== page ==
Inside a Colorado coronavirus ward: The frightening reality for doctors as first cases arrive |

Inside a Colorado coronavirus ward: The frightening reality for doctors as first cases arrive

A Denver Health physician describes her first week with confirmed and suspected patients, and her isolating routine at home

Jennifer Brown
The Colorado Sun
Denver Health medical professionals took a break from work in the COVID-19 ward to take a selfie last week. They are, from left to right, physician assistants Janice Van Bockern and Becky Gallardo, Dr. Lilia Cervantes, and Dr. David Mintzer.
Lilia Cervantes/Courtesy Photo

The night before Dr. Lilia Cervantes started work in the COVID-19 ward at Denver Health, she went online to make a will.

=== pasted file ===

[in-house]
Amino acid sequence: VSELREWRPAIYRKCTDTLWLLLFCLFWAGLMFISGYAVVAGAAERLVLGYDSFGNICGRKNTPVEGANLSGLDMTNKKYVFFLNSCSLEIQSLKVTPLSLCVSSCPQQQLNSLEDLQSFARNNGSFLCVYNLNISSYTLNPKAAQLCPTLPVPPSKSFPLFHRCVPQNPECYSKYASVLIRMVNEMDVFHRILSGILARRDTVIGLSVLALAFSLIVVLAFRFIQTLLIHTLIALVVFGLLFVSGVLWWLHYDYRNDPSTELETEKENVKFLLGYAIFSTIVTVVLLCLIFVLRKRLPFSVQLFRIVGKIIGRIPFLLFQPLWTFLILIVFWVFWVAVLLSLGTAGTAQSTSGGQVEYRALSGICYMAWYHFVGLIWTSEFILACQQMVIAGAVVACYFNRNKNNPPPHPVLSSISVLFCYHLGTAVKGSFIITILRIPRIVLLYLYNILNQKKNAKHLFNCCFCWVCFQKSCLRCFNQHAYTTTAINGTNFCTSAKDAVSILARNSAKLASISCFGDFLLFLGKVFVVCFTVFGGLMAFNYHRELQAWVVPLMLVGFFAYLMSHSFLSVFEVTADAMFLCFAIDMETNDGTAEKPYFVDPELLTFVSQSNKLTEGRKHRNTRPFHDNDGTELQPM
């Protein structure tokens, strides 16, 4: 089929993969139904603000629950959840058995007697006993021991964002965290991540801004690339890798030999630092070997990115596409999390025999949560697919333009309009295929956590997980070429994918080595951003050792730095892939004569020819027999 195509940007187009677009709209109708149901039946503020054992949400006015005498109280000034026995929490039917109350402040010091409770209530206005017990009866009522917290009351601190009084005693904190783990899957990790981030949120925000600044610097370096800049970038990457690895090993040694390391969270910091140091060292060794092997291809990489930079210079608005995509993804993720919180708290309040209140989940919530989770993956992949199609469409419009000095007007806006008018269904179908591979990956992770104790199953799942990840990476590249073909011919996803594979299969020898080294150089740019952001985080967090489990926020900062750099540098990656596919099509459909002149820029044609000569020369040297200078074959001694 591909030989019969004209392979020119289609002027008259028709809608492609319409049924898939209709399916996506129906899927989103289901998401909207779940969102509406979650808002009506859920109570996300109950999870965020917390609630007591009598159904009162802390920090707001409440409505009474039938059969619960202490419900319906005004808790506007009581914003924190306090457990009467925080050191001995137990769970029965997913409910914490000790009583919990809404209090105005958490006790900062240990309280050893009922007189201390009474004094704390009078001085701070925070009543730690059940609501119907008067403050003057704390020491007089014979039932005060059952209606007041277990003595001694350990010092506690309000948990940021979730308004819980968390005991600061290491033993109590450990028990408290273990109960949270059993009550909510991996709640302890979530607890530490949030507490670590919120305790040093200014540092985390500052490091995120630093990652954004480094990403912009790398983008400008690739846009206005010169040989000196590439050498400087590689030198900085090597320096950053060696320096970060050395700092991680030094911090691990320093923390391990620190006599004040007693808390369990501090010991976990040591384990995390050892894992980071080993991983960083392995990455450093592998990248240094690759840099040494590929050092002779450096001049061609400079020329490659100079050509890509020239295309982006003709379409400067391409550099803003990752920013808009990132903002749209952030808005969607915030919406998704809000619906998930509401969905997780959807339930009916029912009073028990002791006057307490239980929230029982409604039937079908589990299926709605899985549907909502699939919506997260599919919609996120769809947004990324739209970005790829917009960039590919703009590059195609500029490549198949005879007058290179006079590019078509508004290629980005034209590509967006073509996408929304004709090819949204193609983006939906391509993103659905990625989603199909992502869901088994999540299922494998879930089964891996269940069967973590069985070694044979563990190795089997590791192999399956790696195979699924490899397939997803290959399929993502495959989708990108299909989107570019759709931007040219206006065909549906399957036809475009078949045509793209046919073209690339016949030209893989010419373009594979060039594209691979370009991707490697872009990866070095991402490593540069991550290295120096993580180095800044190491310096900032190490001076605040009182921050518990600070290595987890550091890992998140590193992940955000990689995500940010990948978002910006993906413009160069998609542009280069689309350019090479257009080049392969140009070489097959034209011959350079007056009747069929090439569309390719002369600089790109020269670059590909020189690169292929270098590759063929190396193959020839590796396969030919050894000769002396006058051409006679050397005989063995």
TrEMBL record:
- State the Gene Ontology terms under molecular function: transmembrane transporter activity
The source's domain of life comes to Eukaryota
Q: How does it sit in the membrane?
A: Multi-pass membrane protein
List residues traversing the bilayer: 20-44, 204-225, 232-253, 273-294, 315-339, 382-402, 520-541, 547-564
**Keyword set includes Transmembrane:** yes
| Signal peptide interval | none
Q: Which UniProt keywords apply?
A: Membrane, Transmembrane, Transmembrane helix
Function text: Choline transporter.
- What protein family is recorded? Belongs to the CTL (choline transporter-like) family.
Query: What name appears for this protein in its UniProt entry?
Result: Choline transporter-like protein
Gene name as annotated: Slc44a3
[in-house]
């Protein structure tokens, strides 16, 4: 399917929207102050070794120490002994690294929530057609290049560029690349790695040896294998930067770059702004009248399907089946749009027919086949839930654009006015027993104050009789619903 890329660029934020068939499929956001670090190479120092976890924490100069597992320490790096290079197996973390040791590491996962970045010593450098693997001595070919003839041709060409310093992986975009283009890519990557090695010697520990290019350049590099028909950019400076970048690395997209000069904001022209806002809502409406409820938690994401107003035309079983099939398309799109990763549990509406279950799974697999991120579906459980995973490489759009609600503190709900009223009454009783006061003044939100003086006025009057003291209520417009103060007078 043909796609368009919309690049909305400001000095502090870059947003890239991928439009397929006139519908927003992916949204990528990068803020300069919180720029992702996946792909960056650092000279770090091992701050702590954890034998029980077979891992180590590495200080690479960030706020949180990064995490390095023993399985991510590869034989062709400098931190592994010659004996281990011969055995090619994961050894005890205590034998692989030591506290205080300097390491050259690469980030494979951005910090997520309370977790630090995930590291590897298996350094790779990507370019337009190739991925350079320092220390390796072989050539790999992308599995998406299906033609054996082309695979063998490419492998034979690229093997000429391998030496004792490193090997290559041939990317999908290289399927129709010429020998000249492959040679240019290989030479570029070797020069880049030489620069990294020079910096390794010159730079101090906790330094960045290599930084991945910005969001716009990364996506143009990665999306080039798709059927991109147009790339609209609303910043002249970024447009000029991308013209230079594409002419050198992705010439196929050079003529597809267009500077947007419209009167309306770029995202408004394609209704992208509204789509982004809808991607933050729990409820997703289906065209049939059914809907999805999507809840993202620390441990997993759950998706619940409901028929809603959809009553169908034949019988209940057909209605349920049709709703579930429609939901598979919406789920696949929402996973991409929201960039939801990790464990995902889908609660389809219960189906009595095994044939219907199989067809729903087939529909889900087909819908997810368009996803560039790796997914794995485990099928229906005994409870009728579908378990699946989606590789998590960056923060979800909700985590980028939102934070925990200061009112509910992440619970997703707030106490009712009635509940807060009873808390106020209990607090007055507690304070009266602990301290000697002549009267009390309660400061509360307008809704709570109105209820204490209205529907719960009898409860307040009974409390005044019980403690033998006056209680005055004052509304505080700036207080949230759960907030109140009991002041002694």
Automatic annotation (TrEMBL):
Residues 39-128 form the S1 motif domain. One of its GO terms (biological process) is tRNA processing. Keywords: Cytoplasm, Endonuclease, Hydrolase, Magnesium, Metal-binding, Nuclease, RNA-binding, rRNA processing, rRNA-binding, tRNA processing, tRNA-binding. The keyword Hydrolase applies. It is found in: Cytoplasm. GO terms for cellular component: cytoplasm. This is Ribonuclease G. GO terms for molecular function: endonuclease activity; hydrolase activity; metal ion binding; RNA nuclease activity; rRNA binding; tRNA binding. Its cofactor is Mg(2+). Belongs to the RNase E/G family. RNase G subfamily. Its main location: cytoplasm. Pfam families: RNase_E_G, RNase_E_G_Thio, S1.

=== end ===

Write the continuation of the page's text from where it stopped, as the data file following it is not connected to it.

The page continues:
It was hard to sleep, her mind stuck on what would happen to her two young daughters and her husband, who has asthma, if she were to become infected with the new coronavirus and expose them.

Cervantes, an internal medicine hospitalist at Denver Health, was scared. She got through her first week of service in the ward by isolating herself from her family in the master bedroom and following a careful regimen that included touching the doorknobs in her house only when she was holding a disinfecting wipe. She also bawled her eyes out in her car as she drove home each night.

“It scares me that at the end of all this we all might know two or three people that died from this. That makes me really sad,” said Cervantes, who is 41, a long-distance runner and a researcher who has specialized in kidney disease. She spoke to The Colorado Sun after her first week in the ward. “It scares me that I could leave my children. I want to be here. I don’t want to be gone.

Click here to read the full story from The Colorado Sun.

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